Kentucky’s CRS Annual Recertification schedule is May 1.  Recertification packages will go to communities approximately 45 days before the due date.

New Centralized EC Review Process

The CRS Resource Specialists will also be processing the ECs collected at cycle verification visits starting January 1, 2018.  ISO has also developed a work and communication flow for the cycle visit EC review process as they work with communities to meet the required verification threshold of 90% correct.  Note that at annual recertification, the centralized review of ECs is a courtesy review to identify problems with the ECs.  Results of the review will be sent to the community, with a copy to the ISO/CRS Specialists.  This process allows the community time to have the ECs corrected by the next verification cycle visit.  The 90% threshold must be met only at the cycle verification visit.

  

2017 Edition of CRS Coordinator’s Manual 

The CRS Coordinator’s Manual is the guidebook for the CRS and sets the criteria for CRS credit and classification. It explains how the program operates, what is credited, and how credits are calculated. Although it is primarily a reference for CRS activities and credits, it can also help guide communities that want to design or improve their floodplain management programs.

Download the 2017 Coordinator’s Manual

Remember . . .

Communities do not need to change their preparation for the next verification visit.  Just get ready as you always do.  A community’s coverage under the new edition will be phased in and the ISO/CRS Specialist will work with the community to spot any different documentation or other changes that will apply in the future.

Changes from previous editions will be marked with vertical bars in the margins of the pages of the 2017 Coordinator’s Manual.  This will help you spot places that you may want to review, to see if the change affects your community.

More about What’s New

  • The CRS has always credited mapping and regulations that account for future conditions and for sea level rise. The 2017 Coordinator’s Manual establishes a sea level rise standard for crediting communities that assess and manage the changes anticipated from changing sea levels.  The CRS has chosen to require, at a minimum, that communities use the “intermediate-high” projection for 2100, from the report Global Sea Level Rise Scenarios for the U.S. National Climate Assessment.  This report was published by the National Oceanic and Atmospheric Administration’s Climate Program Office in collaboration with 10 federal and academic science institutions.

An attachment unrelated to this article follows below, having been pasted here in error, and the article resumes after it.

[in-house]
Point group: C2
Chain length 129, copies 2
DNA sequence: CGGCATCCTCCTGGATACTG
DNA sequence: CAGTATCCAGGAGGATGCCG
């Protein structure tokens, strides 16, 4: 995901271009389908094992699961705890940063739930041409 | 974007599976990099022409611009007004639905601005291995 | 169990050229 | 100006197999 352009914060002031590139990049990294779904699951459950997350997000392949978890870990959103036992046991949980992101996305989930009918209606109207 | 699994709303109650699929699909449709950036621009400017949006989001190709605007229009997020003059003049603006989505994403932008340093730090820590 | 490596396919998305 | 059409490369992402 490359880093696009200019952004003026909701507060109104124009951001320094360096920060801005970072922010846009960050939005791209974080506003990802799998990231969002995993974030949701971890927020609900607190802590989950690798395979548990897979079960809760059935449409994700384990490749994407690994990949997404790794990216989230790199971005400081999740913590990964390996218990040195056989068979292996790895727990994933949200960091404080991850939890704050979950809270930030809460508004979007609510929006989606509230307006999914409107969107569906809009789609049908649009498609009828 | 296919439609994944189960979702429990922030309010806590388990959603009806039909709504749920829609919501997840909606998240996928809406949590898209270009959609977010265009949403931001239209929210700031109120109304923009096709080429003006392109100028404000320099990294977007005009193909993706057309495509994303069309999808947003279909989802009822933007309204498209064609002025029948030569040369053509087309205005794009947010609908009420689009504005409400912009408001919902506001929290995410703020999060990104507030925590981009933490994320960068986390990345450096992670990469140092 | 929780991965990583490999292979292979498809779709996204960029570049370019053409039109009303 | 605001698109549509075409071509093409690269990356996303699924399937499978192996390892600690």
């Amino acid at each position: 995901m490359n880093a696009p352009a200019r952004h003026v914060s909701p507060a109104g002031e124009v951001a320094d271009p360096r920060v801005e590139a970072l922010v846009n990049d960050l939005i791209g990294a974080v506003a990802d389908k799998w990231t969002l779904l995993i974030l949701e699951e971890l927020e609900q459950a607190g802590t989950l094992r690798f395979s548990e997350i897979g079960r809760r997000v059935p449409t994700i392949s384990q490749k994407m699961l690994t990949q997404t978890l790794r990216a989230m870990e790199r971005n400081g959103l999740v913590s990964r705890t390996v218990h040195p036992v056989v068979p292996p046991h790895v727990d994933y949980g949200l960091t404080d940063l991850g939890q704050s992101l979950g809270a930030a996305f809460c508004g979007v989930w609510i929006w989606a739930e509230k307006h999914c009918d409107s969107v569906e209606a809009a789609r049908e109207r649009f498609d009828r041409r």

• The U.S. Army Corps of Engineers’ website offers a Sea-Level Change Curve Calculator that communities can use for purposes of CRS credit.  Website links and instructions for determining the sea level rise for a community will be available on www.CRSresources.org and on www.FEMA.gov.
  • The frequency of cycle visits for some communities will be changing, for the first time in the history of the CRS.  In 2010, as part of the implementation of the CRS Strategic Plan, the CRS Task Force began considering whether the total dollar discount provided to a CRS community should be a consideration in determining the frequency of CRS credit verification.  Subsequent research at East Carolina University that explored CRS verification methods recommended putting more verification emphasis on communities with larger dollar discounts. 
    • Beginning with the 2017 Coordinator’s Manual, those communities receiving the top 10% of premium discount dollars, along with the Class 1–4 communities, will be verified every 3 years.  All other communities will be verified every 5 years.  This change will be phased in over the next 5 years.  There will be no change to the timing of your next cycle visit.
  • Credit for channel debris removal (CDR) will no longer be a prerequisite for all other credit under Activity 540 (Drainage System Maintenance). This is part of a subtle re-alignment of credit under this activity, in response to the recognition that capital improvement programs for drainage (credited as CIP) and maintenance of problem sites (credited as PSM), for example, are important to all communities—regardless of whether their drainage system is “natural,” underground, engineered, or a combination—and thus should be eligible for CRS credit.

This will provide more flexibility to communities to address their drainage-related flood problems and still qualify for CRS credit.  Now, communities can receive credit for any combination of the elements of Drainage System Maintenance, without having credit for channel debris removal.  CDR credit will still be a prerequisite for stream dumping regulations (SDR) credit.

  • CRS Category C repetitive loss communities are being re-defined as those with 50 or more repetitive loss properties (compared to 10 or more such properties previously). Under the 2017 definition, there will be fewer Category C communities.  The 2017 Coordinator’s Manual clarifies that Category C communities must either prepare and adopt a Repetitive Loss Area Analysis (RLAA) for all repetitive loss areas, or prepare and adopt a floodplain management plan (FMP) that includes a problem assessment of all repetitive loss areas and a review of flood insurance claims.  You can find details about the FMP planning in Section 512.a of the 2017 Coordinator’s Manual, and about the RLAA in Section 512.c.